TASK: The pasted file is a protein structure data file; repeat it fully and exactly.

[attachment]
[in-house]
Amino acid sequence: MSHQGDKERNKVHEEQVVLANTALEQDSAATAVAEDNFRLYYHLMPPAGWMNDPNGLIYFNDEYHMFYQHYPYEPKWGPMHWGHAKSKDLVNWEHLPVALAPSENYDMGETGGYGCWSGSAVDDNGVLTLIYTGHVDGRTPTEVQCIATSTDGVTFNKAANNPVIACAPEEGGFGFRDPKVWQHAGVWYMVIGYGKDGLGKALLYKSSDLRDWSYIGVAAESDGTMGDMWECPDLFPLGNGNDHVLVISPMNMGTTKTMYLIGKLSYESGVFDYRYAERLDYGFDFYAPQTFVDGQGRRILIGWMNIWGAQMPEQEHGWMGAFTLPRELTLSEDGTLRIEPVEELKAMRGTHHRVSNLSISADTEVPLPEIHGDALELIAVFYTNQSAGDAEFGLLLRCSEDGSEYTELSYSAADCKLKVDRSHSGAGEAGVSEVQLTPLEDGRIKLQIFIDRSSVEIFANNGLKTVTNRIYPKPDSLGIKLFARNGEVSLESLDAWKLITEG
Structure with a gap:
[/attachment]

[in-house]
Amino acid sequence: MSHQGDKERNKVHEEQVVLANTALEQDSAATAVAEDNFRLYYHLMPPAGWMNDPNGLIYFNDEYHMFYQHYPYEPKWGPMHWGHAKSKDLVNWEHLPVALAPSENYDMGETGGYGCWSGSAVDDNGVLTLIYTGHVDGRTPTEVQCIATSTDGVTFNKAANNPVIACAPEEGGFGFRDPKVWQHAGVWYMVIGYGKDGLGKALLYKSSDLRDWSYIGVAAESDGTMGDMWECPDLFPLGNGNDHVLVISPMNMGTTKTMYLIGKLSYESGVFDYRYAERLDYGFDFYAPQTFVDGQGRRILIGWMNIWGAQMPEQEHGWMGAFTLPRELTLSEDGTLRIEPVEELKAMRGTHHRVSNLSISADTEVPLPEIHGDALELIAVFYTNQSAGDAEFGLLLRCSEDGSEYTELSYSAADCKLKVDRSHSGAGEAGVSEVQLTPLEDGRIKLQIFIDRSSVEIFANNGLKTVTNRIYPKPDSLGIKLFARNGEVSLESLDAWKLITEG
Structure with a gap: